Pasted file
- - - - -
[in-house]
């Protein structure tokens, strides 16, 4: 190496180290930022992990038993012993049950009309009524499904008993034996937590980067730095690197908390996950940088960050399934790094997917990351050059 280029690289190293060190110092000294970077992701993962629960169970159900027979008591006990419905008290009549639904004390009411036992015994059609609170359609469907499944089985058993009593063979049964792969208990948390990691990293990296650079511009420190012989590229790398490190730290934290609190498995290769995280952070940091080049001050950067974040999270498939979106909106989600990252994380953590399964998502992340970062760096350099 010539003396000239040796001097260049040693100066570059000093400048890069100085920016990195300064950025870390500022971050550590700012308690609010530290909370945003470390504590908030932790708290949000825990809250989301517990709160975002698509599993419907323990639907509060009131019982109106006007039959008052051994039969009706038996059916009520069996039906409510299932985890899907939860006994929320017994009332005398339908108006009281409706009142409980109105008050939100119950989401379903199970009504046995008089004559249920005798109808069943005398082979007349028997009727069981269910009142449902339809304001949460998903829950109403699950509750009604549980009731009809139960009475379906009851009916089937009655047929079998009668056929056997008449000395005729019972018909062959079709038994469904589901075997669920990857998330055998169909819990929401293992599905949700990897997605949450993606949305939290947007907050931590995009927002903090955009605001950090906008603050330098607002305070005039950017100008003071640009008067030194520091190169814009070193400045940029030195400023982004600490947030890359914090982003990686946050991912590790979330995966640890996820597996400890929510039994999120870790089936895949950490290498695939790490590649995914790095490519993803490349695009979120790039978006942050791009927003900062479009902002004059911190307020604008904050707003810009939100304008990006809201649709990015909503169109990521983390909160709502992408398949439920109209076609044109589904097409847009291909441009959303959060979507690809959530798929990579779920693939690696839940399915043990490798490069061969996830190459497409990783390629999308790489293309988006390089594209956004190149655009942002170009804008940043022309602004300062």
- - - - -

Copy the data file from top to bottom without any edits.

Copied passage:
[in-house]
């Protein structure tokens, strides 16, 4: 190496180290930022992990038993012993049950009309009524499904008993034996937590980067730095690197908390996950940088960050399934790094997917990351050059 280029690289190293060190110092000294970077992701993962629960169970159900027979008591006990419905008290009549639904004390009411036992015994059609609170359609469907499944089985058993009593063979049964792969208990948390990691990293990296650079511009420190012989590229790398490190730290934290609190498995290769995280952070940091080049001050950067974040999270498939979106909106989600990252994380953590399964998502992340970062760096350099 010539003396000239040796001097260049040693100066570059000093400048890069100085920016990195300064950025870390500022971050550590700012308690609010530290909370945003470390504590908030932790708290949000825990809250989301517990709160975002698509599993419907323990639907509060009131019982109106006007039959008052051994039969009706038996059916009520069996039906409510299932985890899907939860006994929320017994009332005398339908108006009281409706009142409980109105008050939100119950989401379903199970009504046995008089004559249920005798109808069943005398082979007349028997009727069981269910009142449902339809304001949460998903829950109403699950509750009604549980009731009809139960009475379906009851009916089937009655047929079998009668056929056997008449000395005729019972018909062959079709038994469904589901075997669920990857998330055998169909819990929401293992599905949700990897997605949450993606949305939290947007907050931590995009927002903090955009605001950090906008603050330098607002305070005039950017100008003071640009008067030194520091190169814009070193400045940029030195400023982004600490947030890359914090982003990686946050991912590790979330995966640890996820597996400890929510039994999120870790089936895949950490290498695939790490590649995914790095490519993803490349695009979120790039978006942050791009927003900062479009902002004059911190307020604008904050707003810009939100304008990006809201649709990015909503169109990521983390909160709502992408398949439920109209076609044109589904097409847009291909441009959303959060979507690809959530798929990579779920693939690696839940399915043990490798490069061969996830190459497409990783390629999308790489293309988006390089594209956004190149655009942002170009804008940043022309602004300062």